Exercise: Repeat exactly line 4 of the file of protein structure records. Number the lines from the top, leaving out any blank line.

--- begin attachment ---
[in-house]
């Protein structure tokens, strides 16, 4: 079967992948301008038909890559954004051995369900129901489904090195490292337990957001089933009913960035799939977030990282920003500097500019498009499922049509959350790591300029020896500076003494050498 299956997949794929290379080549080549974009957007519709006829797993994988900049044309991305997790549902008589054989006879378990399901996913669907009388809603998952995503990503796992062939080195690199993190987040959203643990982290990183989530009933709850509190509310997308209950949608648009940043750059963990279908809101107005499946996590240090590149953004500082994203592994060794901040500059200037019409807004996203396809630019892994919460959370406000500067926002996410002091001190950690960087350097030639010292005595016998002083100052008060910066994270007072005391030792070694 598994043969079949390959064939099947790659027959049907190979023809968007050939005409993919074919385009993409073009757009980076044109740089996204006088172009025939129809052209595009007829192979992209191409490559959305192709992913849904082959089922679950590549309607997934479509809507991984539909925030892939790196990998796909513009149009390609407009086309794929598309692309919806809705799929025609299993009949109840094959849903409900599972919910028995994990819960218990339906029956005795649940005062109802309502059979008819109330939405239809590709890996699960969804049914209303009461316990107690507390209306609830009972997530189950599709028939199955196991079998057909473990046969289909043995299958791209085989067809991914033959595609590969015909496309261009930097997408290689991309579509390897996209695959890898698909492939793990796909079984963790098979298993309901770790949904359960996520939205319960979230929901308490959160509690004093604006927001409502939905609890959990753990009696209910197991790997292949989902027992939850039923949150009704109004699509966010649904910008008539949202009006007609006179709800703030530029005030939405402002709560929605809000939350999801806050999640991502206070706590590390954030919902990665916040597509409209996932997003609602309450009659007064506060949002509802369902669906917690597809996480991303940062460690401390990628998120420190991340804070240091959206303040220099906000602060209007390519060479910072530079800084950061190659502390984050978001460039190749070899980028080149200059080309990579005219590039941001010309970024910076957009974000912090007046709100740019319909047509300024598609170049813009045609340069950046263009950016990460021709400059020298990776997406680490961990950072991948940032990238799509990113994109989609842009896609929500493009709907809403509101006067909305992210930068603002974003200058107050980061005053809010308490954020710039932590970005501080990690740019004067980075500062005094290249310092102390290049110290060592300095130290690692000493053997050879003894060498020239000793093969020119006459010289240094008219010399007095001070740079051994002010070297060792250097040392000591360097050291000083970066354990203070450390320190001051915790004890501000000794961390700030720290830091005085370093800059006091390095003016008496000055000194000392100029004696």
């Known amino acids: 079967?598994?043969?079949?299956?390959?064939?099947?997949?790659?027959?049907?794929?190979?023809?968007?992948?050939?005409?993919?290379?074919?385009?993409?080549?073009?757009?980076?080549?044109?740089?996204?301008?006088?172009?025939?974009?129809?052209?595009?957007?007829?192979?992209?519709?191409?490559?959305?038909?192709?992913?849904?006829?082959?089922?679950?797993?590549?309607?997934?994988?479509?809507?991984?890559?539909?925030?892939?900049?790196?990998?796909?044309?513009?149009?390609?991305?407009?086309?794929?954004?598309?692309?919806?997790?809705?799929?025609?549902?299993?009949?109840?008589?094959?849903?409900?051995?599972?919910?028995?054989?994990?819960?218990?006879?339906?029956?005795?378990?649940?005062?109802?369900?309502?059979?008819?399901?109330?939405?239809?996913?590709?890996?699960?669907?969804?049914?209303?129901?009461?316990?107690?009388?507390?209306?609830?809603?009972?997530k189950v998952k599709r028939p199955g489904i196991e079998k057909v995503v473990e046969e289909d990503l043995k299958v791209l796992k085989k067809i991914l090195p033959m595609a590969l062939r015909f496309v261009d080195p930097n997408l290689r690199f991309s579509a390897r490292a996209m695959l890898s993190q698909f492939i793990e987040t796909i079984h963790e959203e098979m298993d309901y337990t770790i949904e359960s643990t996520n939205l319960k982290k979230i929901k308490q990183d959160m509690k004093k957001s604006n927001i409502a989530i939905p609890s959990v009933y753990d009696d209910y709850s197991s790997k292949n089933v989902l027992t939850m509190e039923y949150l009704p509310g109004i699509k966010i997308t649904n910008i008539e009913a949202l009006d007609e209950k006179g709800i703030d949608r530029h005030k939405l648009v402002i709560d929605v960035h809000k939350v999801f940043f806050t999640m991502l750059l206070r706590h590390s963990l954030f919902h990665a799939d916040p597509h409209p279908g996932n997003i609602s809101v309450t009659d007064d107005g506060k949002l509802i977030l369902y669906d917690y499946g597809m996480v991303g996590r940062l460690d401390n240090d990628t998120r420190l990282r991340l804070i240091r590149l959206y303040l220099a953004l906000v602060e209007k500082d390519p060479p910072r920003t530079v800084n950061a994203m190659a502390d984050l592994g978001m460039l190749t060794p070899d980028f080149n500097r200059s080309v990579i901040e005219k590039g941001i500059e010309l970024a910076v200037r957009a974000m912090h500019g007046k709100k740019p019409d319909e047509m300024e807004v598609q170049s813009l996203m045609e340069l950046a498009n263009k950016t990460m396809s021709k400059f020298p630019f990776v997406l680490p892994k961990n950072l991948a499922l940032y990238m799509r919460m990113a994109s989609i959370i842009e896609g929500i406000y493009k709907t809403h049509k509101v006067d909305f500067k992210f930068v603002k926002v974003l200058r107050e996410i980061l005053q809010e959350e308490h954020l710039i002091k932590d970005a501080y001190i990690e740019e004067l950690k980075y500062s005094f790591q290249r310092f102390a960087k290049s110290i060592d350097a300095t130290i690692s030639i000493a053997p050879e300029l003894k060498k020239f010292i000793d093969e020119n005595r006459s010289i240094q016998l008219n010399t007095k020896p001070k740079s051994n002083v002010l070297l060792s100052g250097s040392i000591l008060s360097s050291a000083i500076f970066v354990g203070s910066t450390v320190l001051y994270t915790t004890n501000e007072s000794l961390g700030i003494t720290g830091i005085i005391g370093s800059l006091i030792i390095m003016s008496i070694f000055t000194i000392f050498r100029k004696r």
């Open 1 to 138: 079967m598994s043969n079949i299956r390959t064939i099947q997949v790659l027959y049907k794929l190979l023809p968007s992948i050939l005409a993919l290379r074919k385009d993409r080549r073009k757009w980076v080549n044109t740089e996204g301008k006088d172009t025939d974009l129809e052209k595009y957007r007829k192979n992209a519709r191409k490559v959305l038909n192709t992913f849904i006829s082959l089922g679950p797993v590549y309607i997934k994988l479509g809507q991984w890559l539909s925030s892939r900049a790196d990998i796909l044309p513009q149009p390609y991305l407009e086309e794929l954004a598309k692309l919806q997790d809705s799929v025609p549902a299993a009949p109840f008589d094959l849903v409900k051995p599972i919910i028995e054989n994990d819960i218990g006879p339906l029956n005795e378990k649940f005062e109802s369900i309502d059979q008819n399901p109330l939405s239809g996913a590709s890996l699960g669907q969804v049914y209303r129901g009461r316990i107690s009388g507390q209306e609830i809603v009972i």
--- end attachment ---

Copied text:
């Open 1 to 138: 079967m598994s043969n079949i299956r390959t064939i099947q997949v790659l027959y049907k794929l190979l023809p968007s992948i050939l005409a993919l290379r074919k385009d993409r080549r073009k757009w980076v080549n044109t740089e996204g301008k006088d172009t025939d974009l129809e052209k595009y957007r007829k192979n992209a519709r191409k490559v959305l038909n192709t992913f849904i006829s082959l089922g679950p797993v590549y309607i997934k994988l479509g809507q991984w890559l539909s925030s892939r900049a790196d990998i796909l044309p513009q149009p390609y991305l407009e086309e794929l954004a598309k692309l919806q997790d809705s799929v025609p549902a299993a009949p109840f008589d094959l849903v409900k051995p599972i919910i028995e054989n994990d819960i218990g006879p339906l029956n005795e378990k649940f005062e109802s369900i309502d059979q008819n399901p109330l939405s239809g996913a590709s890996l699960g669907q969804v049914y209303r129901g009461r316990i107690s009388g507390q209306e609830i809603v009972i």